The countdown

For my wife, who will shortly take the leap from one career into the unknown (but with some good prospects on the horizon), in celebration of an illustrious 8 years in teaching, and with the relief of pending summer vacation...


Wednesday, June 06, 2007

What to do about grade inflation?

Friend crystalghetto brings up an interesting essay and his personal experience with grade inflation. His post got me interested in the topic, and it turns out there's quite a bit of information out there on the subject.
  • This Washington Post contributor, a professor, notes that grades like D and F "went by the wayside in the Vietnam era, when flunking out meant becoming eligible for the draft."
  • His interest in grade inflation motivated him to collect data (sample size 22) on average grades at several postsecondary institutions, showing that average grades have risen as much as 0.20 on the 4-point GPA scale.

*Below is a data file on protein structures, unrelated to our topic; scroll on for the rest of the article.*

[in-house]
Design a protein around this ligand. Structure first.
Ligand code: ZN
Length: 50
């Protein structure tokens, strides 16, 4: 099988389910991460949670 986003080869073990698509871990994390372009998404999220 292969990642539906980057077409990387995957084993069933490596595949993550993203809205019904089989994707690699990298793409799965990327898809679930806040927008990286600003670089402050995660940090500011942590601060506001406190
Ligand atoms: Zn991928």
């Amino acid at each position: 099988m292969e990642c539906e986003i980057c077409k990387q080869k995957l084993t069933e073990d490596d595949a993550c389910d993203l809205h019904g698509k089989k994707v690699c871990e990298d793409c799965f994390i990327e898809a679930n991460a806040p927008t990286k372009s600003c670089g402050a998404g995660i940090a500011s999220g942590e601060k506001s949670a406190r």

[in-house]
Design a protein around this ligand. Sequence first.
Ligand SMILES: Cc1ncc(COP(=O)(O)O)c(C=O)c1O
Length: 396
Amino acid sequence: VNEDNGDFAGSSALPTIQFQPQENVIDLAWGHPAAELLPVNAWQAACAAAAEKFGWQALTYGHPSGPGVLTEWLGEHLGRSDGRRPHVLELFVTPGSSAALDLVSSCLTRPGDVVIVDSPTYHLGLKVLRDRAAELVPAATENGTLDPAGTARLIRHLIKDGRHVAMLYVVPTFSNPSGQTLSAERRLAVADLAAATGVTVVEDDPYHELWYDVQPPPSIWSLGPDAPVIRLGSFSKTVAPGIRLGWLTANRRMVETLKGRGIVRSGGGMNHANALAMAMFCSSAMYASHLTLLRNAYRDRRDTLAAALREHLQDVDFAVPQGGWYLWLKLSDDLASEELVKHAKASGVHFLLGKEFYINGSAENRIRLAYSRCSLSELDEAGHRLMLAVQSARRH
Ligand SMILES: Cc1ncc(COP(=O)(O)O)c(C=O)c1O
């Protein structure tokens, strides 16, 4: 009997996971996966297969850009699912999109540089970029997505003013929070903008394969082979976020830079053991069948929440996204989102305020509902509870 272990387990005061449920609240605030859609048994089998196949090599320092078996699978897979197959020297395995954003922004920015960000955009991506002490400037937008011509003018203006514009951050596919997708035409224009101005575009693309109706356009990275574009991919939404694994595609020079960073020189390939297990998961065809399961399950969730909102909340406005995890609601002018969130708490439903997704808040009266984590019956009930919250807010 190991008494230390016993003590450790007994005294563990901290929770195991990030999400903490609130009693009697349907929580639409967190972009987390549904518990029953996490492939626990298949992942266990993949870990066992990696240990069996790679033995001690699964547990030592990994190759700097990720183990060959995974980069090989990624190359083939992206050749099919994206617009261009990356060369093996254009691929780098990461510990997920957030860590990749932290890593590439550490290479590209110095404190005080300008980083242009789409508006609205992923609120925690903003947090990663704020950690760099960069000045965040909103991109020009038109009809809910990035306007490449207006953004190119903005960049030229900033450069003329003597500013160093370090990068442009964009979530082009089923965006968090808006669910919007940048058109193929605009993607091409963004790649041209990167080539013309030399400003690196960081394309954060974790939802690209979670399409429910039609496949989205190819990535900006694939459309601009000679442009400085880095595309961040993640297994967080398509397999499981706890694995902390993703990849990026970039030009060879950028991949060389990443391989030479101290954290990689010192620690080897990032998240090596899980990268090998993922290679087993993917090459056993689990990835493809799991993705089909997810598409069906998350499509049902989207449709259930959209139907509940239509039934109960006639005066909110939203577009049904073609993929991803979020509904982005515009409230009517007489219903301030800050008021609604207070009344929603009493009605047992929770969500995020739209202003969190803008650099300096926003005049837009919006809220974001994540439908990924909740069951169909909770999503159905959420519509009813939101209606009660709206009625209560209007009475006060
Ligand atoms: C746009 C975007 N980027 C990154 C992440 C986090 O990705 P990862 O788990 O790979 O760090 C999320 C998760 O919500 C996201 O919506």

• On the same site, note that the average GPA at a private college is three-tenths of a point higher at private colleges. Do you pay for better grades by going private? Or are private college students that much brighter, on average?
Going back to 2001, there's a truly excellent essay on grade inflation by Harvard government professor Harvey C. Mansfield. In the essay, he addresses many of the excuses for grade inflation, from meeting student expectations, to lower faculty morale, to the theory of a smarter student.
[Grade inflation] signifies that professors care less about their teaching. Anyone who cares a lot about something -- for example, a baseball fan -- is very critical in making judgments about it. Far from the opposite of caring, being critical is the very consequence of caring.
The problem, Mansfield says, is that grade inflation makes it difficult to distinguish truly excellent work.
In a healthy university, it would not be necessary to say what is wrong with grade inflation. But once the evil becomes routine, people can no longer see it for what it is...Grade inflation compresses all grades at the top, making it difficult to discriminate the best from the very good, the very good from the good, the good from the mediocre. (emphasis mine)